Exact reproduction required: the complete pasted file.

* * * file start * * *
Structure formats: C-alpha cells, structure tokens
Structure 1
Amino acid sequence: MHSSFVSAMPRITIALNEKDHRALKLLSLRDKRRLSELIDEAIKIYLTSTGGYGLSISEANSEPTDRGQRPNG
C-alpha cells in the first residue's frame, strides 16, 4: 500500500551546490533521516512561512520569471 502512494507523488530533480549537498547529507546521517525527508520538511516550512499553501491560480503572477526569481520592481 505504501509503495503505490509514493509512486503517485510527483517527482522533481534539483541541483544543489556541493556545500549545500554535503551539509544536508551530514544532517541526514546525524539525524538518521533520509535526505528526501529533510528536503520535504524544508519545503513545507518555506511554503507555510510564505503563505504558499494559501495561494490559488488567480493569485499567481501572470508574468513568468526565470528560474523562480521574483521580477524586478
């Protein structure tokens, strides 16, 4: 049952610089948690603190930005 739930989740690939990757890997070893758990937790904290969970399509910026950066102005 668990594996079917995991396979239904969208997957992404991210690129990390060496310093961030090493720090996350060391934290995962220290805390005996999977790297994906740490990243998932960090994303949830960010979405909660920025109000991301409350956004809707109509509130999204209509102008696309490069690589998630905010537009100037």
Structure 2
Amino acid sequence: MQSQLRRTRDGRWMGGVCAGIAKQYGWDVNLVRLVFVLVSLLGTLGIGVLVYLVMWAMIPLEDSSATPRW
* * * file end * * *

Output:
Structure formats: C-alpha cells, structure tokens
Structure 1
Amino acid sequence: MHSSFVSAMPRITIALNEKDHRALKLLSLRDKRRLSELIDEAIKIYLTSTGGYGLSISEANSEPTDRGQRPNG
C-alpha cells in the first residue's frame, strides 16, 4: 500500500551546490533521516512561512520569471 502512494507523488530533480549537498547529507546521517525527508520538511516550512499553501491560480503572477526569481520592481 505504501509503495503505490509514493509512486503517485510527483517527482522533481534539483541541483544543489556541493556545500549545500554535503551539509544536508551530514544532517541526514546525524539525524538518521533520509535526505528526501529533510528536503520535504524544508519545503513545507518555506511554503507555510510564505503563505504558499494559501495561494490559488488567480493569485499567481501572470508574468513568468526565470528560474523562480521574483521580477524586478
């Protein structure tokens, strides 16, 4: 049952610089948690603190930005 739930989740690939990757890997070893758990937790904290969970399509910026950066102005 668990594996079917995991396979239904969208997957992404991210690129990390060496310093961030090493720090996350060391934290995962220290805390005996999977790297994906740490990243998932960090994303949830960010979405909660920025109000991301409350956004809707109509509130999204209509102008696309490069690589998630905010537009100037």
Structure 2
Amino acid sequence: MQSQLRRTRDGRWMGGVCAGIAKQYGWDVNLVRLVFVLVSLLGTLGIGVLVYLVMWAMIPLEDSSATPRW